Want to know if that nasty mole on your shoulder is cancerous? There’s an app for that!
Errr… Actually, no. No, there’s not.
The Federal Trade Commission announced today that apps like Mole Detective and Mel App that are marketed as ways for iPhone users to snap pictures of moles to determine if they’re cancerous aren’t based on actual real-world science.
The two app makers reached a settlement with the FTC after the feds alleged that the apps lacked adequate evidence to support claims that they could calculate your mole’s melanoma risk as low, medium, or high without ever visiting a doctors office.
“Truth in advertising laws apply in the mobile marketplace,” said the FTC’s Director of Consumer Protection, Jessica Rich. “App developers and marketers must have scientific evidence to support any health or disease claims that they make for their apps.”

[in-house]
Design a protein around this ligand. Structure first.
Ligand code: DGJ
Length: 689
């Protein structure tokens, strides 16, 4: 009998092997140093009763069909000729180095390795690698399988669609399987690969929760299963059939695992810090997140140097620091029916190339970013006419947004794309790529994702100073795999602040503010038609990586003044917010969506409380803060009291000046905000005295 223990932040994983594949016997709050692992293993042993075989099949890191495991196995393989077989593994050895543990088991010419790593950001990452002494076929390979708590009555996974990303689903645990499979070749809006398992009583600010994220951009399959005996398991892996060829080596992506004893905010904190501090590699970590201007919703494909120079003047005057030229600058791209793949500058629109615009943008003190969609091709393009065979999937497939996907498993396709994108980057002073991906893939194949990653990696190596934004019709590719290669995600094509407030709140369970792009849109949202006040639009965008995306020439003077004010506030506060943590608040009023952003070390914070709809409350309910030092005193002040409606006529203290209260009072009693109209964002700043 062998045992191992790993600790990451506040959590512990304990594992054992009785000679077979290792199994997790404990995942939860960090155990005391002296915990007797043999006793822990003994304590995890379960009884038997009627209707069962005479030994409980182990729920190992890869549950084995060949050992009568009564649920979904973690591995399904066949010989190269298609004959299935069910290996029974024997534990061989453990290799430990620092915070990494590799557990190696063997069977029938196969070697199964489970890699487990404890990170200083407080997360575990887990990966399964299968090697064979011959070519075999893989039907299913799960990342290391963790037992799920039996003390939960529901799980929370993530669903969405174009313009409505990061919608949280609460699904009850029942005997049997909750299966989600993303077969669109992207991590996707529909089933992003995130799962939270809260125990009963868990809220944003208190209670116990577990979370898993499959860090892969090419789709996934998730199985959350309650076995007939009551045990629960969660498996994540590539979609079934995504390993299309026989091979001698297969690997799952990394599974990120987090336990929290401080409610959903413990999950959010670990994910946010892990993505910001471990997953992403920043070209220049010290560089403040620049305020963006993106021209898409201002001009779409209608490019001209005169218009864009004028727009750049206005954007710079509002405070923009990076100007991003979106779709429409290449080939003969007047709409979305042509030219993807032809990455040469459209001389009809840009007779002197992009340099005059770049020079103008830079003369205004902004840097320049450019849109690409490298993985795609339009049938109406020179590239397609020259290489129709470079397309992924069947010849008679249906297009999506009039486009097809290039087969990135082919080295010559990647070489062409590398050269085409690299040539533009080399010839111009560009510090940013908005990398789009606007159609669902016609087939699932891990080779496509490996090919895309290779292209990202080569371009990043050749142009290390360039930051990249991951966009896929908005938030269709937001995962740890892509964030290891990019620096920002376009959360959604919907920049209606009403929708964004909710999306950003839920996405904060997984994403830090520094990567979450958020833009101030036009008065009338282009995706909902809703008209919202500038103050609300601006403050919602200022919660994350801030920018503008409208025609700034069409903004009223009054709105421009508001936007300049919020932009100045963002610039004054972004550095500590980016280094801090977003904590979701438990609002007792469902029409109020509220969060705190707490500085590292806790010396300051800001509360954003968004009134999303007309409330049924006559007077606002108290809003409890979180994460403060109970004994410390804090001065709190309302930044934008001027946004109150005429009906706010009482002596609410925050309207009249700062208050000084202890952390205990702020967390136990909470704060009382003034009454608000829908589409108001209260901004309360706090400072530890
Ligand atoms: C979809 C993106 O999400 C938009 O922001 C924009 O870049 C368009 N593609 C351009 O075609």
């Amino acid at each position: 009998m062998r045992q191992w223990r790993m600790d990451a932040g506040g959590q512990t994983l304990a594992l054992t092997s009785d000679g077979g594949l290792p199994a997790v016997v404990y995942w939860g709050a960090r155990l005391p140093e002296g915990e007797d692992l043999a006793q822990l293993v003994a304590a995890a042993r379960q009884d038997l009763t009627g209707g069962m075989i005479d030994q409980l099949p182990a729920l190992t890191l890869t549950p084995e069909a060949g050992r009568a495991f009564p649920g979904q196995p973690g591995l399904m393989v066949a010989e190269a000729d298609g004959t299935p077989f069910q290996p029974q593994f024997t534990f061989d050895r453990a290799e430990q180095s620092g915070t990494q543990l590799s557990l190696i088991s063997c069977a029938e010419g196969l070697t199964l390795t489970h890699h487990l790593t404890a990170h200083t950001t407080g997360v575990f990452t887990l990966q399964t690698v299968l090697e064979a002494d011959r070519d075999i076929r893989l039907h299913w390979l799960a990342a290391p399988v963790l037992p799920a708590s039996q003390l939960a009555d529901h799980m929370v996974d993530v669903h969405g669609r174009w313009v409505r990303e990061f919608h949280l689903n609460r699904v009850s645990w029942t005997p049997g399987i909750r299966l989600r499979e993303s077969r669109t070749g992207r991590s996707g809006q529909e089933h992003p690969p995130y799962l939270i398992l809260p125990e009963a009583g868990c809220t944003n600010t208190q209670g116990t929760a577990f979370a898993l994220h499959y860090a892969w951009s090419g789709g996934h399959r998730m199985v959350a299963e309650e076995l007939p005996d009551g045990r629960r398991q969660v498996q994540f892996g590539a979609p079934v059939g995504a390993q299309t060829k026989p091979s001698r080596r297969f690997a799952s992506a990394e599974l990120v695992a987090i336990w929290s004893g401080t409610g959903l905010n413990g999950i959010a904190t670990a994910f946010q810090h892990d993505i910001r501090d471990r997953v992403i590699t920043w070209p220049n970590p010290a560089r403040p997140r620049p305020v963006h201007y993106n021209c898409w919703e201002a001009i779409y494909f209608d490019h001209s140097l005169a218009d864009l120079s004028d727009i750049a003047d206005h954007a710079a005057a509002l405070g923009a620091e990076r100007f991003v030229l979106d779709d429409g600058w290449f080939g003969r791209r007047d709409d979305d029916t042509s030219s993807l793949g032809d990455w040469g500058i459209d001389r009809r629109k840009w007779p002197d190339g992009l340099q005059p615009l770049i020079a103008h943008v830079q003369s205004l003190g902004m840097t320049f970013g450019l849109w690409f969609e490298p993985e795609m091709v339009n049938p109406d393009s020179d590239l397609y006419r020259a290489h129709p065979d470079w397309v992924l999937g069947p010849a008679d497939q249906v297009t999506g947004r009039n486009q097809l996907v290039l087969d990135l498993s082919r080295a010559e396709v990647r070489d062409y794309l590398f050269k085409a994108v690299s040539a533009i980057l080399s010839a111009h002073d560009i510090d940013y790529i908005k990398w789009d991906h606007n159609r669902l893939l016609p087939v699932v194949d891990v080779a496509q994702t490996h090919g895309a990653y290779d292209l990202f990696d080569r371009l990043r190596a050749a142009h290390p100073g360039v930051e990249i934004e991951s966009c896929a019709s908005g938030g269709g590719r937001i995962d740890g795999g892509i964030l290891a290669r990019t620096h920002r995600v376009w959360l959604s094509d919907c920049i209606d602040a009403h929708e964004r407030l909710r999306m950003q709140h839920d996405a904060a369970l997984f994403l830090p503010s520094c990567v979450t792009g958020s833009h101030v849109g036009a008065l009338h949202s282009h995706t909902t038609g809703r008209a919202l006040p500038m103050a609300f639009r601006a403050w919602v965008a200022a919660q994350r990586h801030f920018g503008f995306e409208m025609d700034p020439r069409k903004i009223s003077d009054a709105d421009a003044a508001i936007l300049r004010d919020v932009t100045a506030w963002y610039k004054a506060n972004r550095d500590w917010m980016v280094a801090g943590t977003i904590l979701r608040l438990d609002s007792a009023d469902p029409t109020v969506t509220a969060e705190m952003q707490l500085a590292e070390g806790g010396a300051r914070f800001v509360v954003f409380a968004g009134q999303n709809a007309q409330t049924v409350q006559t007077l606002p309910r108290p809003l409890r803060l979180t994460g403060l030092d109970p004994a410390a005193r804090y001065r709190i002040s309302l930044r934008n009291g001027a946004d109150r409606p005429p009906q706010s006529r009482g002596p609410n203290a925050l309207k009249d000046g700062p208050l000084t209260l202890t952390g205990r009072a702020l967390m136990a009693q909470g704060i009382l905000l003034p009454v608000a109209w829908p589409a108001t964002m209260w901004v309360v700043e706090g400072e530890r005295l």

There are two other Mole Detective marketers that still haven’t agreed to settle with the FTC. The FTC’s settlement with makers prohibits them from claiming an app can “detect or diagnose melanoma, unless the representation is truthful, not misleading, and supported by competent and reliable scientific evidence in the form of human clinical testing of the device.”
Both marketers were also slapped with heavy fines, with one up bill close to $18,000. That almost doesn’t sound like enough after they made claims like doing “the work for you, automatically identifying and measuring symptoms of melanoma.”